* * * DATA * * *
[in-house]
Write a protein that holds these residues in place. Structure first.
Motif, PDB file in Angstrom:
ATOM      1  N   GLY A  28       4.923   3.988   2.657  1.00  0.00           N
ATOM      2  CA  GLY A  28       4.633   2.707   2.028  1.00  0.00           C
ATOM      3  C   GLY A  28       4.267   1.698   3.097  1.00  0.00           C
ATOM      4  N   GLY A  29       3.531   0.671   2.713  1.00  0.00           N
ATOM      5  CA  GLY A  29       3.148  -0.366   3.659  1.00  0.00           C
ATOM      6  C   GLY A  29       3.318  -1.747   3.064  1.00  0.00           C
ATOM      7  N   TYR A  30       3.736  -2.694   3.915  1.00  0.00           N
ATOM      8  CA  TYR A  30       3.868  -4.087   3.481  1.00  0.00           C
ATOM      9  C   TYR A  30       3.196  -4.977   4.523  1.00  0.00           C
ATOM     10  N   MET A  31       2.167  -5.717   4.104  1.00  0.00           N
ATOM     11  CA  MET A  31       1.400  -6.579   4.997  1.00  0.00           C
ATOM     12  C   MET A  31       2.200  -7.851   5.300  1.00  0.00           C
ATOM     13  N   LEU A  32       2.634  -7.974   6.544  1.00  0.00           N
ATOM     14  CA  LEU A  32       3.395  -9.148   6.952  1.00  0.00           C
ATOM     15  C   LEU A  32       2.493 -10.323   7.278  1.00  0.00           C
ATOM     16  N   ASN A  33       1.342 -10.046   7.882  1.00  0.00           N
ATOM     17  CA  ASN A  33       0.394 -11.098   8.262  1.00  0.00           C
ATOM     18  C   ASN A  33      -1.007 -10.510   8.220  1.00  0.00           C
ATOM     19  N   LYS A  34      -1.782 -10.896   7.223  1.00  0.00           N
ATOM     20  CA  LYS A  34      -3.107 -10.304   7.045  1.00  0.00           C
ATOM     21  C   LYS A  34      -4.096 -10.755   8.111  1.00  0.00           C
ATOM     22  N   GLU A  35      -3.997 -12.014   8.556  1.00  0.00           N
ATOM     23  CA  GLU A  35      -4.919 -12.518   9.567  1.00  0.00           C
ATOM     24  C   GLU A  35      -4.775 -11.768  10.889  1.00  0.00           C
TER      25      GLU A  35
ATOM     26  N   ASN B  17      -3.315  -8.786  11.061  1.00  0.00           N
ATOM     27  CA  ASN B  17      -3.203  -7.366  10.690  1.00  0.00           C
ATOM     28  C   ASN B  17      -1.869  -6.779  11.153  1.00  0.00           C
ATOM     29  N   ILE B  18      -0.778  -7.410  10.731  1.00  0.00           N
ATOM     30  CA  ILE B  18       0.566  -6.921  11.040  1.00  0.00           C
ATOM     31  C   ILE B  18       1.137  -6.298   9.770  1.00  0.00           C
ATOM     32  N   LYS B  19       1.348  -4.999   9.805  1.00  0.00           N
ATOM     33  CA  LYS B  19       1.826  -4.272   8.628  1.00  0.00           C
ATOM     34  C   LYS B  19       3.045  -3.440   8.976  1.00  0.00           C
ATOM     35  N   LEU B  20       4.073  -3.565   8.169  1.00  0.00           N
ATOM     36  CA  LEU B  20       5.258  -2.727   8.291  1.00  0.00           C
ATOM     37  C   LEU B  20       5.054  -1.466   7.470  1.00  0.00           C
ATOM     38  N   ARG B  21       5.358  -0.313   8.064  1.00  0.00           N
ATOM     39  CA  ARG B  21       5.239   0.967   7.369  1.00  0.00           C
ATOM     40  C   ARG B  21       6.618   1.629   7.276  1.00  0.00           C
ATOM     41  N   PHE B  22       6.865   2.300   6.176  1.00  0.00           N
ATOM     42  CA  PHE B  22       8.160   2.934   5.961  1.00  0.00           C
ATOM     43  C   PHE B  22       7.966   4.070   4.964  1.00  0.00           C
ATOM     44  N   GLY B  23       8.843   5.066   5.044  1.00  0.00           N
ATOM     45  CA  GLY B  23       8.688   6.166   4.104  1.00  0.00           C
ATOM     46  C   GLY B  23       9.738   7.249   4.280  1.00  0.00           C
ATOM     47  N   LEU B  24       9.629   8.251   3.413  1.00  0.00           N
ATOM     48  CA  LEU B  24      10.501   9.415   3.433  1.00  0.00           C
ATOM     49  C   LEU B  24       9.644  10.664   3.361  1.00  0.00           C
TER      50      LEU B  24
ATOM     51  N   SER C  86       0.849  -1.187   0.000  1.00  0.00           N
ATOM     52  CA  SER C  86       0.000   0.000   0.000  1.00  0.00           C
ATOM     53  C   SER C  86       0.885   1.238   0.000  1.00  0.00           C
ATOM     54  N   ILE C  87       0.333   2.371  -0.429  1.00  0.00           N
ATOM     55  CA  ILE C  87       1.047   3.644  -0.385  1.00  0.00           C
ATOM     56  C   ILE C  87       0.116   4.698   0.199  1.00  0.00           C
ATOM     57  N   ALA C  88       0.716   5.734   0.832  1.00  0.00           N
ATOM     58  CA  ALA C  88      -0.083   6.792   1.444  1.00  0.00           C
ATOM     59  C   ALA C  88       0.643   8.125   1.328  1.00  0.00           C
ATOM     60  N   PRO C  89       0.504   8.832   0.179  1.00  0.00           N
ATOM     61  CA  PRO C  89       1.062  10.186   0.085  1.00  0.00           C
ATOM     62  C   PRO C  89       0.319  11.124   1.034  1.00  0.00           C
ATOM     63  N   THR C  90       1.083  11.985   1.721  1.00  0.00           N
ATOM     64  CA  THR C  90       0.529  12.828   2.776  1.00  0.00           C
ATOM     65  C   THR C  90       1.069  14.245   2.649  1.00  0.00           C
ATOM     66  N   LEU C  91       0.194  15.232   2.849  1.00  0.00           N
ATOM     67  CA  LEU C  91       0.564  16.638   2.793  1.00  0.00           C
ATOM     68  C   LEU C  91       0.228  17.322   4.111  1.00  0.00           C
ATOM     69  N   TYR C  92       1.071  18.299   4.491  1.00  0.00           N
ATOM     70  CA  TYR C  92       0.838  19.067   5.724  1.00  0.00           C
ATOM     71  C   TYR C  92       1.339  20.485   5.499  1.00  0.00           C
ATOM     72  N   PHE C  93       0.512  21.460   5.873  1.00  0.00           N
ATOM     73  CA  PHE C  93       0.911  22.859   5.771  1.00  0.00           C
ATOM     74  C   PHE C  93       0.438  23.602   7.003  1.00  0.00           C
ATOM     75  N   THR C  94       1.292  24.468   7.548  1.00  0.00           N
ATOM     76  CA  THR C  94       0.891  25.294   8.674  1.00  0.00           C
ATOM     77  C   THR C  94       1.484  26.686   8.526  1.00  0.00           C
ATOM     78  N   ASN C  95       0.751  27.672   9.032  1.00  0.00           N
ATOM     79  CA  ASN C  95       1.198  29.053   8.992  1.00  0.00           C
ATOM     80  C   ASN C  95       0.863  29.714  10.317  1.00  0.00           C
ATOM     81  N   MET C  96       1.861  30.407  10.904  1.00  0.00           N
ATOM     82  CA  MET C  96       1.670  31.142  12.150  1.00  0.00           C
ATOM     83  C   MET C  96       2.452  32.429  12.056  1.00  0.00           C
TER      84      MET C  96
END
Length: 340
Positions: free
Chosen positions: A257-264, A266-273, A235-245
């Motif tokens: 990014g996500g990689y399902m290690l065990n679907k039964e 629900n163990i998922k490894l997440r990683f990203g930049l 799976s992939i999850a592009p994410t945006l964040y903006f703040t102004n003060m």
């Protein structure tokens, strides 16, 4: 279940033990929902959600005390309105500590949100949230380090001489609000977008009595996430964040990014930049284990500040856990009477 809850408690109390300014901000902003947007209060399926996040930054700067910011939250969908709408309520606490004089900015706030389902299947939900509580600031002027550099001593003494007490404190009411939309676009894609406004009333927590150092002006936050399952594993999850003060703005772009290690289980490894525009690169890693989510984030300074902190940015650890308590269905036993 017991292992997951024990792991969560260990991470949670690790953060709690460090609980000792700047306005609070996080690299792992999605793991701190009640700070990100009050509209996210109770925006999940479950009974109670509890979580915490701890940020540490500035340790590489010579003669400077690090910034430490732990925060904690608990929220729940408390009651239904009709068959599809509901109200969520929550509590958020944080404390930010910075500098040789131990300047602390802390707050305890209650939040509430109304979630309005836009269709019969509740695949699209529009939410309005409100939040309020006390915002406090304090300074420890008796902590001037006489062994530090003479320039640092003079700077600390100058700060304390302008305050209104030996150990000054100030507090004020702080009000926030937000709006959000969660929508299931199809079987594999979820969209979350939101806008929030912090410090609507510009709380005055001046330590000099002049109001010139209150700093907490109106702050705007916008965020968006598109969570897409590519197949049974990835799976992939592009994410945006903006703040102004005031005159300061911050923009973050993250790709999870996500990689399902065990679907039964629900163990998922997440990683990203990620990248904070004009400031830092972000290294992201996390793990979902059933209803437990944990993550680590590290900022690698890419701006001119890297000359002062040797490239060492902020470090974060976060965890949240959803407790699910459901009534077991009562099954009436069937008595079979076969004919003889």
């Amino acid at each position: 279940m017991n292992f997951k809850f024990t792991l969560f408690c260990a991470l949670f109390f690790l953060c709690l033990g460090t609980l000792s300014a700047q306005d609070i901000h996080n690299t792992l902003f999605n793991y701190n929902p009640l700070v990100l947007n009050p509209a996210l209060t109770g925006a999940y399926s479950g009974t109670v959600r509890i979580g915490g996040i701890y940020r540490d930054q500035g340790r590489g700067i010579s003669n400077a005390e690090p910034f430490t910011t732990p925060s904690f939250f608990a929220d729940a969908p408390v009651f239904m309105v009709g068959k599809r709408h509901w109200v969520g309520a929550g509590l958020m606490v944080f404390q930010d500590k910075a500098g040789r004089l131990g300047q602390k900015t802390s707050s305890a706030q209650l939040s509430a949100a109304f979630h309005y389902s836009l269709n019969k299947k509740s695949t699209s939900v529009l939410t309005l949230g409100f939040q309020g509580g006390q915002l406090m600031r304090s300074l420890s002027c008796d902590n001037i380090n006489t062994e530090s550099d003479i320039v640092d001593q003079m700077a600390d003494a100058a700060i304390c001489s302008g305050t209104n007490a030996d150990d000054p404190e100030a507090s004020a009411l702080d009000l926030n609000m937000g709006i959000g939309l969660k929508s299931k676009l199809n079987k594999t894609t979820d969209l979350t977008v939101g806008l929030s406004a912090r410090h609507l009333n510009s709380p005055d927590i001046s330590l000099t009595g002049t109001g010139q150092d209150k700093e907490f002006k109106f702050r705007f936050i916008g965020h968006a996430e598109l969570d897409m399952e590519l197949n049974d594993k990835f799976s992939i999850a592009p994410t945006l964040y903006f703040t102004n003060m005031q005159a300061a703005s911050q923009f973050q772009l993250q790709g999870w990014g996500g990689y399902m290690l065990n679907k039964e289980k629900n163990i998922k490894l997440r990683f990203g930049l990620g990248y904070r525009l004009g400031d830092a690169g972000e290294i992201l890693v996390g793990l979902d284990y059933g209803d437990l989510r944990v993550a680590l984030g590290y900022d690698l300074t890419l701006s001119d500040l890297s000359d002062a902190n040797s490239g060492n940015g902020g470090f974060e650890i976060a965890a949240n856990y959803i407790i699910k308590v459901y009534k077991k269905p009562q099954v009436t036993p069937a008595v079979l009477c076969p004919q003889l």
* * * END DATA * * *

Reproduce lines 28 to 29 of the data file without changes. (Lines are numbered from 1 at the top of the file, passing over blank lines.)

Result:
TER      25      GLU A  35
ATOM     26  N   ASN B  17      -3.315  -8.786  11.061  1.00  0.00           N